What’s ‘safe enough’ for a Covid-19 vaccine?

Understanding the risks and benefits in the first lines of defense against the pandemic.

NIAID SARS CoV2

Covid-19 vaccines are being developed by the dozen.  In the best of all possible worlds, these would all be highly effective, with minimal side effects, since we need to treat people by the billions.

In the real world, in the Moderna Therapeutics phase 1 clinical trial, we know that a healthy 29-year-old fainted after receiving a second dose. He was given the highest dosage of the mRNA vaccine candidate, which has been dropped from the phase 2 trial now launching.

Infectious disease experts remain cautiously optimistic about the vaccine in lower dosages. They wish, however, that Moderna would be more transparent about its early clinical results—avoiding the mere brief upbeat press release.

“What we would have preferred to do, quite frankly, is to wait until we had the data from the entire Phase 1 — which I hear is quite similar to the data that they showed — and publish it in a reputable journal and show all the data,” National Institute of Allergy and Infectious Diseases head Anthony Fauci told STAT’s Helen Branswell.

Given that Moderna has been awarded almost half a billion dollars of federal funding for the effort, such public reporting doesn’t seem too much to ask.

As the biotech and dozens of its peers ramp up to test their various vaccines among tens of thousands of volunteers, we also want to boost the public discussion about what to expect from whichever treatments eventually are approved.

A vaccine’s effectiveness will only be reliably known once a sufficiently large number of people in the trials eventually become exposed to the virus. But my non-expert guess is that the tricky part of vaccine approvals will not be about effectiveness, given the bluntness of our other medical defenses.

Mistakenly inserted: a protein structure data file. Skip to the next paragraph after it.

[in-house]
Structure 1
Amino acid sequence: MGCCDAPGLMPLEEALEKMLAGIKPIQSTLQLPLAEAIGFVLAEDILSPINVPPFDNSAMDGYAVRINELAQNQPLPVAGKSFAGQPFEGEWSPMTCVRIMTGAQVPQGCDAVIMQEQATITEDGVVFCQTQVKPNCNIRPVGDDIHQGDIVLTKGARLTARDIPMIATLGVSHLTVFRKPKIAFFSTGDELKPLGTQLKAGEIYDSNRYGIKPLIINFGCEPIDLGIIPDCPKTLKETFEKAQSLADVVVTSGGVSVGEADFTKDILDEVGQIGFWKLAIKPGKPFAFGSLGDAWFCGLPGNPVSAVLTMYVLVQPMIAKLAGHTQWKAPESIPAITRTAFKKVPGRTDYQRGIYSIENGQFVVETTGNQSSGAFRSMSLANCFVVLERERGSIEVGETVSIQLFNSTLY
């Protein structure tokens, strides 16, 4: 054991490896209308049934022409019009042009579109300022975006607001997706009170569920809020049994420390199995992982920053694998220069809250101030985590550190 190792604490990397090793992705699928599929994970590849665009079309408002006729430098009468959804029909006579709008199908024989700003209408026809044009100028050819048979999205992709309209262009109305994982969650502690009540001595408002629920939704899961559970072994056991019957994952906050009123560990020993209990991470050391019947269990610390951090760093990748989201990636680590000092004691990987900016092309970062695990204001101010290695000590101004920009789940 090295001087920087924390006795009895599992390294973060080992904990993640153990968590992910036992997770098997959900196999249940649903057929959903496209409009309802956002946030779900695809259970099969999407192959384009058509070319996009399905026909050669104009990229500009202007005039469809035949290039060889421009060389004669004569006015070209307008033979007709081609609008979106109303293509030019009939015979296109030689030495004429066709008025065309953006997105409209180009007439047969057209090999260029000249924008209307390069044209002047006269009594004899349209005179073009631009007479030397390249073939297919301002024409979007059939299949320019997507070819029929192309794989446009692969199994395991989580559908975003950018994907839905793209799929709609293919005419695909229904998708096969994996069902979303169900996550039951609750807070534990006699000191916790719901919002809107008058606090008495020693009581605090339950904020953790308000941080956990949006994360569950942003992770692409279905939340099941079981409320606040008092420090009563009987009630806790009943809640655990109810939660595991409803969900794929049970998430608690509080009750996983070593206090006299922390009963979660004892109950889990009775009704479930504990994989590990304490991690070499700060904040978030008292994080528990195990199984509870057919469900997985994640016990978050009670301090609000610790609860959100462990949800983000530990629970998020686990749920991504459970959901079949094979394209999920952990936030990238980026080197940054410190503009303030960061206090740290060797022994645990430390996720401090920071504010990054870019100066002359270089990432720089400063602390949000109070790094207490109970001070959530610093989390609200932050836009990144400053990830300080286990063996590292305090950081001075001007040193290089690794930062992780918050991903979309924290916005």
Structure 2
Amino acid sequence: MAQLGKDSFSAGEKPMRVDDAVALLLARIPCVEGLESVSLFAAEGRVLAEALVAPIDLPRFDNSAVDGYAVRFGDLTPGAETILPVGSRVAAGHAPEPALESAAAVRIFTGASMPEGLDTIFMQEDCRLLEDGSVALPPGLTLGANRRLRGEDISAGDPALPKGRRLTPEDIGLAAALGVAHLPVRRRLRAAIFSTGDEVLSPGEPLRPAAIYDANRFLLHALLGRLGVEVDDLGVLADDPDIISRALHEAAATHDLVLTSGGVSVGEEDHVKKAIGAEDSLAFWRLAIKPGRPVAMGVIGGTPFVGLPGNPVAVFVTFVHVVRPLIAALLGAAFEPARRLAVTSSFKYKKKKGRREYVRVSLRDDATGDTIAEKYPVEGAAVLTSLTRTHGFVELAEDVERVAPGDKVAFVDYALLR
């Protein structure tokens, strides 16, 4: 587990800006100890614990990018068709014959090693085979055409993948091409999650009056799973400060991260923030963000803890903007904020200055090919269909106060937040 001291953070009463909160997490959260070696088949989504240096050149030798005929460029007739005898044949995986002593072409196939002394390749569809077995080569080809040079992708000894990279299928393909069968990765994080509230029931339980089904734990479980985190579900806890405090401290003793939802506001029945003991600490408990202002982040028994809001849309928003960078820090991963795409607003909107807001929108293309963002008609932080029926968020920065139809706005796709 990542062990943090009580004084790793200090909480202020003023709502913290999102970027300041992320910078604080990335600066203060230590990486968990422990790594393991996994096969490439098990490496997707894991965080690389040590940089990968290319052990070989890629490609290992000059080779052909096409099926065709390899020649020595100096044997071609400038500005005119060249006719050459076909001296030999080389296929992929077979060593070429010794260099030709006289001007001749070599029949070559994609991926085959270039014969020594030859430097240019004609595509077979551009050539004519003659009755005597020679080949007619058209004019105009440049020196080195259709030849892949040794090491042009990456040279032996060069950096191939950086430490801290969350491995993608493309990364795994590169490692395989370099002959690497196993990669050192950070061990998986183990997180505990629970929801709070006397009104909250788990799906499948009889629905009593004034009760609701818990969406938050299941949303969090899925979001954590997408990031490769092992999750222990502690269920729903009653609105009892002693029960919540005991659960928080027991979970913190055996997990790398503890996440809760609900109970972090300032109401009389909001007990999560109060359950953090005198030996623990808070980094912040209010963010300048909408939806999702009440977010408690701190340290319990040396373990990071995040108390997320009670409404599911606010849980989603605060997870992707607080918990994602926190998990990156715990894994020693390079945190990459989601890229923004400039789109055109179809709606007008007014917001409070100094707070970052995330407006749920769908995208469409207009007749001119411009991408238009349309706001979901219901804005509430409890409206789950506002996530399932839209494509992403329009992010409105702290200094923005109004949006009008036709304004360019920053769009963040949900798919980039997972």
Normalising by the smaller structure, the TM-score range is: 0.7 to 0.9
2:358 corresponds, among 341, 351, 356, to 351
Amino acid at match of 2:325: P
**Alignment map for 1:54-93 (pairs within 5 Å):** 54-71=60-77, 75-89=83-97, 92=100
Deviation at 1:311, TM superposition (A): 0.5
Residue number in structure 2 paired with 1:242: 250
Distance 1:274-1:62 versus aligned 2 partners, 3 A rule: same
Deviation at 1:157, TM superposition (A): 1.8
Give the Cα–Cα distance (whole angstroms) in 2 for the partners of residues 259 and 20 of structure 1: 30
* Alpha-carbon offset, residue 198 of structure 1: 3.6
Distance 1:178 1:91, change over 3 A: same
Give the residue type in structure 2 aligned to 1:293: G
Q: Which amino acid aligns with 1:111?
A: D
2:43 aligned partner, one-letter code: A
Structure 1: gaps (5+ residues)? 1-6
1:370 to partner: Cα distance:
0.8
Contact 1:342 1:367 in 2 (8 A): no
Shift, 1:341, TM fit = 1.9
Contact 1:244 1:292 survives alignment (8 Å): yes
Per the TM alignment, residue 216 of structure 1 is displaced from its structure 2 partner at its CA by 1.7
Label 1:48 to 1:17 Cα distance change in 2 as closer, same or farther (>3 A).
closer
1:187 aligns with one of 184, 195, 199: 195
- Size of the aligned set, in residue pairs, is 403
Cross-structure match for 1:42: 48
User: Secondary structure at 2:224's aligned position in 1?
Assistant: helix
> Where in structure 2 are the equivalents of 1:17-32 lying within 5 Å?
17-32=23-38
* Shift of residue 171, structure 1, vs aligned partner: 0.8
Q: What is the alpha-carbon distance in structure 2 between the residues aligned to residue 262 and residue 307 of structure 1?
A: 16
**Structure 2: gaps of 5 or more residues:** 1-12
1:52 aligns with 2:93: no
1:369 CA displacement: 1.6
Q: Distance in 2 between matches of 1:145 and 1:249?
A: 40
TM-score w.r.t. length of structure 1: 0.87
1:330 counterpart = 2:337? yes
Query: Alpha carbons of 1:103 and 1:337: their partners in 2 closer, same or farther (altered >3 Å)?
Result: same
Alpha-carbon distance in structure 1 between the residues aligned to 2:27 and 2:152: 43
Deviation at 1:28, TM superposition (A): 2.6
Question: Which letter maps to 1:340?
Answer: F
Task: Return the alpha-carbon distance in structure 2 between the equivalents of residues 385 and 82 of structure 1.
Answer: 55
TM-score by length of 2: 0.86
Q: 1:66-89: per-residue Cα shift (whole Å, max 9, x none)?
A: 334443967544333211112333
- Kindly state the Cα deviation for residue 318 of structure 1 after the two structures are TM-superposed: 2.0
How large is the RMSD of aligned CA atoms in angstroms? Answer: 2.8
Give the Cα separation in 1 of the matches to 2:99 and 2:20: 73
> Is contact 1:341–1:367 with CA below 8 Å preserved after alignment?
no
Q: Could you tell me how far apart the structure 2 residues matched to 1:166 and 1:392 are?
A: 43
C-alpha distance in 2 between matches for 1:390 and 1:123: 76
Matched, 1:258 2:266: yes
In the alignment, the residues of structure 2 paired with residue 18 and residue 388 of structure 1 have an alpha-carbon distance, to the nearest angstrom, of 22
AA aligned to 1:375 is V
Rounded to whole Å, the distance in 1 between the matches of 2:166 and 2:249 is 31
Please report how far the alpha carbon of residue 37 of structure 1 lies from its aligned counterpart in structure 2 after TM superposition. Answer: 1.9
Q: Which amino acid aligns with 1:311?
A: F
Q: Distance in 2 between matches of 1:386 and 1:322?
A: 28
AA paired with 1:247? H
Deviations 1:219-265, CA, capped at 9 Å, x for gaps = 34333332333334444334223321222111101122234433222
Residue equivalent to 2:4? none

Instead, the biggest issue may be safety: What’s good enough to give the billions of the rest of us?

There’s limited safety evidence from other coronaviruses; there are no approved vaccines for SARS  (severe acute respiratory syndrome) or MERS (Middle East Respiratory Syndrome). Moderna has worked on a MERS vaccine but not pushed it along into the clinic.

The company, and some of its rivals, have taken mRNA vaccine candidates for other types of viruses into phase 1 trials. Among them, a Moderna study of a Zika vaccine is underway. Additionally, the company has reported positive results for earlier studies of vaccines against pandemic avian H10N8 and H7N9 flu viruses. None of the trials, Moderna says, saw any vaccine-related serious adverse events.

But what does that tell us about covid-19 vaccines?

Maybe annual flu vaccines will give the best guidance on how we balance risks and benefits. Glancing over papers that review each flu season’s results, I was struck by how the authors focus almost exclusively on vaccine effectiveness (yes, a huge problem!) rather than safety.

Of course, that’s not because safety issues are irrelevant in flu vaccines. Instead, these issues have become well understood over the decades—and addressed by intense focus at every step of design, manufacture and delivery. The results are very low rates of risk among vaccine recipients—for example, about 1.6 cases in a million suffer anaphylactic shock.

Given months rather than decades of experience with covid-19, vaccine risks are under a particularly intense global spotlight. Moderna’s planned phase 3 trial will “very carefully look at safety, even more so than is done in a regular trial,” Fauci told STAT.

In this imperfect world, particularly with anti-vaxxers so loud, we will need an informed consensus about what will be “safe enough”.*

 

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